Summary

Jersey depicts the interior of a barbershop in Kingsland, Jamaica. Two empty seats stand at the centre, with locks of cut hair on the floor. Objects on the counter behind the chairs, such as spray bottles, razors, hair dryers and electric shaving machines, are shown as simplified blocks of colours. The back wall is partially covered by posters that have been stripped of any detail and are depicted as coloured rectangles. Above them, two white horizontal bands represent fluorescent strip lights, while in the lower part of the composition horizontal grey lines suggest the pattern on the floor.

Anderson applies oil paint in a variety of consistencies, ranging from thin washes, which seep into one another, to areas of more evenly applied and thicker paint. Writing about Anderson’s use of oil paint, the critic Martin Herbert has observed:

Anderson’s art with its deliberate surface thinness, most closely shadows the 1970s works of Michael Andrews, another British painter who used his medium’s slippages to signify what he felt about a subject, and who tended to let his iconography melt outward from a tight Photorealist core, as if drifting inexorably into the fault zone of memory.

(Martin Herbert, ‘Hurvin Anderson: New Paintings’, Artforum, vol.44, no.2, October 2005, pp.287–8.)


Anderson’s paintings are generally derived from photographs that he has taken of a subject. He assembles these images to create collages that form the basis of his compositions. As critic Edward Caughlin has observed, Anderson is ‘interested in the distance that working from photographs affords him ... [It is] partly through this process that personal memory and perception enter the works.’ (Caughlin, [p.1].)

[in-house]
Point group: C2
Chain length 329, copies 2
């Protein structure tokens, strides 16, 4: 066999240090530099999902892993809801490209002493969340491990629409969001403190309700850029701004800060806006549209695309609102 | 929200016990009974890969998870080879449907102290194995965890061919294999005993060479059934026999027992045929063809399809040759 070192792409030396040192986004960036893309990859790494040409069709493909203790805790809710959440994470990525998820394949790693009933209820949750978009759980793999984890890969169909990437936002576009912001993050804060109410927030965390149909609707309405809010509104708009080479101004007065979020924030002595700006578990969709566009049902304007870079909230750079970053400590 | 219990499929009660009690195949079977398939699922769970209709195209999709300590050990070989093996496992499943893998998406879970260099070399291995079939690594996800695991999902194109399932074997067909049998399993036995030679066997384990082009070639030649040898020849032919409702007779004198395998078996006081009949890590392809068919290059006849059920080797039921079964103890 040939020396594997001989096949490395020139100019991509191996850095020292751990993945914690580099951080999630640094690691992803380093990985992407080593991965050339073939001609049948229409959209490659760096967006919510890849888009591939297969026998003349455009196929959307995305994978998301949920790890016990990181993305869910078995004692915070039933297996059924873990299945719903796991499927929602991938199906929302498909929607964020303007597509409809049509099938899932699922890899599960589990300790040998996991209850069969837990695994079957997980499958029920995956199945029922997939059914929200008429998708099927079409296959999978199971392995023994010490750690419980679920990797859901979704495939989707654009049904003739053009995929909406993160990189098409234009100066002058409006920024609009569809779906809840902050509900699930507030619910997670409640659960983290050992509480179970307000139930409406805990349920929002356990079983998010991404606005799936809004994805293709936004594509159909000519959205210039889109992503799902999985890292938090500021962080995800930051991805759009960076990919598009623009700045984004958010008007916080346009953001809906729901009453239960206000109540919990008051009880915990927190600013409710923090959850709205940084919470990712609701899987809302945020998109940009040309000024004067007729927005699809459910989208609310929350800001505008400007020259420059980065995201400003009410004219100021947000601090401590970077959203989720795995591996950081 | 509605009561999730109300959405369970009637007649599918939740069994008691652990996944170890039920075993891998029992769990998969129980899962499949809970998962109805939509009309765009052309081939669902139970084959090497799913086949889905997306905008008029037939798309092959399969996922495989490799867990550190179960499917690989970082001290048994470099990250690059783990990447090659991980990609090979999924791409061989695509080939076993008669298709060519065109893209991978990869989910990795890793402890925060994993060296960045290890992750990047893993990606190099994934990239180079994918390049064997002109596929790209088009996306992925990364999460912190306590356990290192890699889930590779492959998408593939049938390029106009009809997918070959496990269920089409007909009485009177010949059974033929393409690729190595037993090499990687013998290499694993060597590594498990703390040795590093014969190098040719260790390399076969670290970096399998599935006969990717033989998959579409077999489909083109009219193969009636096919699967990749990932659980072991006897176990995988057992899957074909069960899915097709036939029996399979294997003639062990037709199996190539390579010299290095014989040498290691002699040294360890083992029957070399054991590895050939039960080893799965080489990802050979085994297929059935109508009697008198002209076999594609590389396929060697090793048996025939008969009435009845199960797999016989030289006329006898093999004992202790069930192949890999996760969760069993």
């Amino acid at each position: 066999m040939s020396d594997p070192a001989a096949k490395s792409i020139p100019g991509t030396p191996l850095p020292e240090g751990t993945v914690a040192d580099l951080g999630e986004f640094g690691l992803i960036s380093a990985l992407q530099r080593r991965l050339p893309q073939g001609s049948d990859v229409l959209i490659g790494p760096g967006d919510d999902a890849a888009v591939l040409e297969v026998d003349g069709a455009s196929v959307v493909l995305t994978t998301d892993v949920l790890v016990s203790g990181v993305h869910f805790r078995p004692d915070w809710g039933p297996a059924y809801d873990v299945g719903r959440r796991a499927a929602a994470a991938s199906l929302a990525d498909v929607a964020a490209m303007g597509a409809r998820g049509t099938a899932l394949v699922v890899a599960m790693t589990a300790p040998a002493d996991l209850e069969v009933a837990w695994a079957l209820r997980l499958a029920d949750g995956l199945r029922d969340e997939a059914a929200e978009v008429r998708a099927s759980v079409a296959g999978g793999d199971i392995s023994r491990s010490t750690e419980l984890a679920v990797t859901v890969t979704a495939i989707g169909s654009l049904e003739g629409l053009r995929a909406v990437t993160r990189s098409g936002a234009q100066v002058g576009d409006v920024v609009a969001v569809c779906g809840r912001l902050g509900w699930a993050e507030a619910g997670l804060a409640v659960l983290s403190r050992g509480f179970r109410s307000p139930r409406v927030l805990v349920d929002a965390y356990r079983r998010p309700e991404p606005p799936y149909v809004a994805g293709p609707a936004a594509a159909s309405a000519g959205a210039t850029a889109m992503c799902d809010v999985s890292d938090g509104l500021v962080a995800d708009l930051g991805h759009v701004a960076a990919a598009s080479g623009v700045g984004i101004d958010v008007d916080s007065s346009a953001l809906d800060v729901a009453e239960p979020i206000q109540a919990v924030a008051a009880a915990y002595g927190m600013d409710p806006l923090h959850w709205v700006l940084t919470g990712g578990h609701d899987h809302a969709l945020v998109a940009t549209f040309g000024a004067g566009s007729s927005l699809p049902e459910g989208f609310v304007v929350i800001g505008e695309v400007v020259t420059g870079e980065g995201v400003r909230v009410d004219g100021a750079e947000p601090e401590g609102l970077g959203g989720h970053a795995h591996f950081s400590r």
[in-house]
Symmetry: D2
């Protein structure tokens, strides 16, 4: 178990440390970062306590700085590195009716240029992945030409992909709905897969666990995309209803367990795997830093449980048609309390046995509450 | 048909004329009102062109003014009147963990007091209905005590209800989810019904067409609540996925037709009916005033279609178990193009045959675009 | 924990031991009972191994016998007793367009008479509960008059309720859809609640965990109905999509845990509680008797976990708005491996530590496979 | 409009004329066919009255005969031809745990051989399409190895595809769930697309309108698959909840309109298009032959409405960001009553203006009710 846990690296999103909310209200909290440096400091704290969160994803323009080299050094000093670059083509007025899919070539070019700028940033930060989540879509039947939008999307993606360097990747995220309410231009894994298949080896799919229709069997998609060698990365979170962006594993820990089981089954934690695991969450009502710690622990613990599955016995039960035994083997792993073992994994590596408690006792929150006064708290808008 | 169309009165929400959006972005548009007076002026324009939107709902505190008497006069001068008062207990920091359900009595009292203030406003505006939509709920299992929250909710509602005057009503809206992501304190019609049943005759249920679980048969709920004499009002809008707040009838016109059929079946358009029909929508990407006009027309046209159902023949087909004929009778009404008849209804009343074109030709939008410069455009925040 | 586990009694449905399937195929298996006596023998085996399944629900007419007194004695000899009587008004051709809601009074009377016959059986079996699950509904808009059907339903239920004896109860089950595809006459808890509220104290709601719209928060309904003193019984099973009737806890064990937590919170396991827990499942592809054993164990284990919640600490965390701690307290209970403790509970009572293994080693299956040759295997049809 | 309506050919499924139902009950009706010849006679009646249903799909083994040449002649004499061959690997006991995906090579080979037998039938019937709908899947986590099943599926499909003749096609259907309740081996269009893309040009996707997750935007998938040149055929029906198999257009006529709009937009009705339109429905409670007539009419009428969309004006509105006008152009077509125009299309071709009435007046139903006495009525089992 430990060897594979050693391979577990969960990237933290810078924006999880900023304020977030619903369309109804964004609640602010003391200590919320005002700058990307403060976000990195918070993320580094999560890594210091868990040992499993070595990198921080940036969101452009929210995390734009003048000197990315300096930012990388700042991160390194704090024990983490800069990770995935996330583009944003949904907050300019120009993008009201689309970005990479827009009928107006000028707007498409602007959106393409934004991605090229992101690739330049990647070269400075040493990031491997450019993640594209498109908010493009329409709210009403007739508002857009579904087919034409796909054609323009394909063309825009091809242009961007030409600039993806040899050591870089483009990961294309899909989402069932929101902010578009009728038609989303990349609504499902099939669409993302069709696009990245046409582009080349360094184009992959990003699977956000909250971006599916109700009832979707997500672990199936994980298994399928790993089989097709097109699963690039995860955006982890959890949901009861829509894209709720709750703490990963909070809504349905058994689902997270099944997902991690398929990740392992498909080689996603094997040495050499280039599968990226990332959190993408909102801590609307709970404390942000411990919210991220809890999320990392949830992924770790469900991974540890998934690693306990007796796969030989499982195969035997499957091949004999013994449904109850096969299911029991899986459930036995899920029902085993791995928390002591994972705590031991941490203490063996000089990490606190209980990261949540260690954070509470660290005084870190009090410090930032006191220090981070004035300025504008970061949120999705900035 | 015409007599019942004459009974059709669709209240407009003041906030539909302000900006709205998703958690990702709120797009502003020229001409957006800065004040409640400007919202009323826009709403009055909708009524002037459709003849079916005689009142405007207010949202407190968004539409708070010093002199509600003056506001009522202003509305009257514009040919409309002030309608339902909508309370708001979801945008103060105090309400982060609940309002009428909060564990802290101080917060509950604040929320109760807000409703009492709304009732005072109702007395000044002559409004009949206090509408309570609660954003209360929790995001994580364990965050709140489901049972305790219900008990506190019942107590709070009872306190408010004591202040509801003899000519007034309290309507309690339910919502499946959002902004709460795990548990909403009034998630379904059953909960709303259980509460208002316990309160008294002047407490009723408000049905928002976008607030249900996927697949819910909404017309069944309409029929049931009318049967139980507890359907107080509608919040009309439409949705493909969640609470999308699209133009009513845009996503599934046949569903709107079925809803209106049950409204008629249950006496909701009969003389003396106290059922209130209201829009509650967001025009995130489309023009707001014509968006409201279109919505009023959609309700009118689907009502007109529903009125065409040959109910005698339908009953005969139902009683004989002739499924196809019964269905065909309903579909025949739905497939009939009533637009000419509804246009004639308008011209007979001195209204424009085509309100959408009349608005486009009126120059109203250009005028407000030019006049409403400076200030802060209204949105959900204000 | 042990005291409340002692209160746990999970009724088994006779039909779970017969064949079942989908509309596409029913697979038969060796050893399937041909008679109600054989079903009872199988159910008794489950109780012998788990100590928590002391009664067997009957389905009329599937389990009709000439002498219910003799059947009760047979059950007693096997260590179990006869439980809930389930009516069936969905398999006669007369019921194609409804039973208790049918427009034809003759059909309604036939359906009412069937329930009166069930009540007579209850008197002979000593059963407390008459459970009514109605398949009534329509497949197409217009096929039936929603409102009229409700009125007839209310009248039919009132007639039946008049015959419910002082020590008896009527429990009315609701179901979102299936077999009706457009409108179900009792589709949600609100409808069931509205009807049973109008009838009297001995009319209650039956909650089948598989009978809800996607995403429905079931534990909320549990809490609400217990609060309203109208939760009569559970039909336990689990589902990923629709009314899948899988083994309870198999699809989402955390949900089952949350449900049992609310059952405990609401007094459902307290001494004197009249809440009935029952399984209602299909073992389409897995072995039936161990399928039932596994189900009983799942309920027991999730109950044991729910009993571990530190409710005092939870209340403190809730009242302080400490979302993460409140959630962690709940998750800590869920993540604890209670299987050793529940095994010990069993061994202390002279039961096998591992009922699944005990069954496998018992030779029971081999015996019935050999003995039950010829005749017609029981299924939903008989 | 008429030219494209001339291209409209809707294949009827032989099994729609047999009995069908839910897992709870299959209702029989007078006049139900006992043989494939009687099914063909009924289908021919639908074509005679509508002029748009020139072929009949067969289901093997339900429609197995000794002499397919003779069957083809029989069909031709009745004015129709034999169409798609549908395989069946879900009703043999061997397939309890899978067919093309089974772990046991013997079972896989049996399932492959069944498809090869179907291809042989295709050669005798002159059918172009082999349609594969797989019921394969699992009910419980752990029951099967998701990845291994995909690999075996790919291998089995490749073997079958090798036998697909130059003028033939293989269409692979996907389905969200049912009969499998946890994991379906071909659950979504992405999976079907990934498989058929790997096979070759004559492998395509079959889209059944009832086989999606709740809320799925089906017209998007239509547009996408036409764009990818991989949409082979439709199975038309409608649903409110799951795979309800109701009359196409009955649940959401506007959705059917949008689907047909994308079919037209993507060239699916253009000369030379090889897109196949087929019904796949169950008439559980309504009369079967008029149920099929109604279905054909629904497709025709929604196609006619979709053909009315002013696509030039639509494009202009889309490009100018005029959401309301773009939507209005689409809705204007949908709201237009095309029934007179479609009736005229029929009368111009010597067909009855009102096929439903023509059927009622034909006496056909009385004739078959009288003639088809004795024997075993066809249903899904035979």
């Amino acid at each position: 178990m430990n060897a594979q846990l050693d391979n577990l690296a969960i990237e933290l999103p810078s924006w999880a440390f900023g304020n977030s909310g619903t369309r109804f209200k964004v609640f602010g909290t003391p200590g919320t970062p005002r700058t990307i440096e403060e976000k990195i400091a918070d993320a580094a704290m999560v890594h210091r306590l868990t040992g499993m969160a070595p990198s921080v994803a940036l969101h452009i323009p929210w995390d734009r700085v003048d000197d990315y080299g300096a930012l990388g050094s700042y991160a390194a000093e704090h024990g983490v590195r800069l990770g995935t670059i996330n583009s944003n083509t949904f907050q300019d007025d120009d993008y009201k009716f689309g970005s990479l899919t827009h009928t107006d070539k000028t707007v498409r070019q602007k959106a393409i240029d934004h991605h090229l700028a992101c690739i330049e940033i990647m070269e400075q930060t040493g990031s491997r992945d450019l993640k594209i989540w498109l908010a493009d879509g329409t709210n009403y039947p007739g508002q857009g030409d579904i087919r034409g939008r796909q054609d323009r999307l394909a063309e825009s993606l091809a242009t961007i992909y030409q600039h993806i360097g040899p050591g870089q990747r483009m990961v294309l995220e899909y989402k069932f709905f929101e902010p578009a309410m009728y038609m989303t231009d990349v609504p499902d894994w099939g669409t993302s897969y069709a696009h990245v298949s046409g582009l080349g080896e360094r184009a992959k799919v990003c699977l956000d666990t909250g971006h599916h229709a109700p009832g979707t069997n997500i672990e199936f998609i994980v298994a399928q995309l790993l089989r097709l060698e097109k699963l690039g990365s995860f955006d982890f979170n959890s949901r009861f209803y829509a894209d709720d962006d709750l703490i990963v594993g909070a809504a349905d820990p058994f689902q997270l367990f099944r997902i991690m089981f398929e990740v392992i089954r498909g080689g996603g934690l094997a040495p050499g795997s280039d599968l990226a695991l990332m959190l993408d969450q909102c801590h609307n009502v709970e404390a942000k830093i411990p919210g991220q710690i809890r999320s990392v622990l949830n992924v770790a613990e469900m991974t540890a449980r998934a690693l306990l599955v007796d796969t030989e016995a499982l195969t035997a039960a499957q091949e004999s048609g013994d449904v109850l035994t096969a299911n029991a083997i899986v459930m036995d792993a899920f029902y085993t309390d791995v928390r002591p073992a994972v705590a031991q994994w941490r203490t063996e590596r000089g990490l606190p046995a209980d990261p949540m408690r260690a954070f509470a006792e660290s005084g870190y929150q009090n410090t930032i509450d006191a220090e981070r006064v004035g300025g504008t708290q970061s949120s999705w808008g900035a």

Anderson usually explores and reformulates different elements of the same subject across a number of drawings and paintings. The barbershop shown in Jersey, for example, has featured in a number of compositions, including Barbershop 2006 and Flat Tops 2008 (both Thomas Dane Gallery, London). Alongside this series, Anderson has also developed Peter’s Series 2007–8 (reproduced in Hurvin Anderson: Peter’s Series 2007–9, exhibition catalogue, Tate Britain, London 2009), a group of paintings and drawings exploring a single image of a make-shift barbershop in a private home. This series documents the arrival of Caribbean immigrants in Britain during the 1950s and 1960s, when barbershops were opened in people’s homes and served as social gathering spaces.

Further reading:

Hurvin Anderson: A View of the Rio Cobre, exhibition catalogue, Dulwich Picture Gallery, London 2006.
Edward Caughlin, ‘Hurvin Anderson: Meeting Points’, Hurvin Anderson: New Paintings, exhibition catalogue, Thomas Dane Gallery, London 2005.


Carmen Juliá

May 2010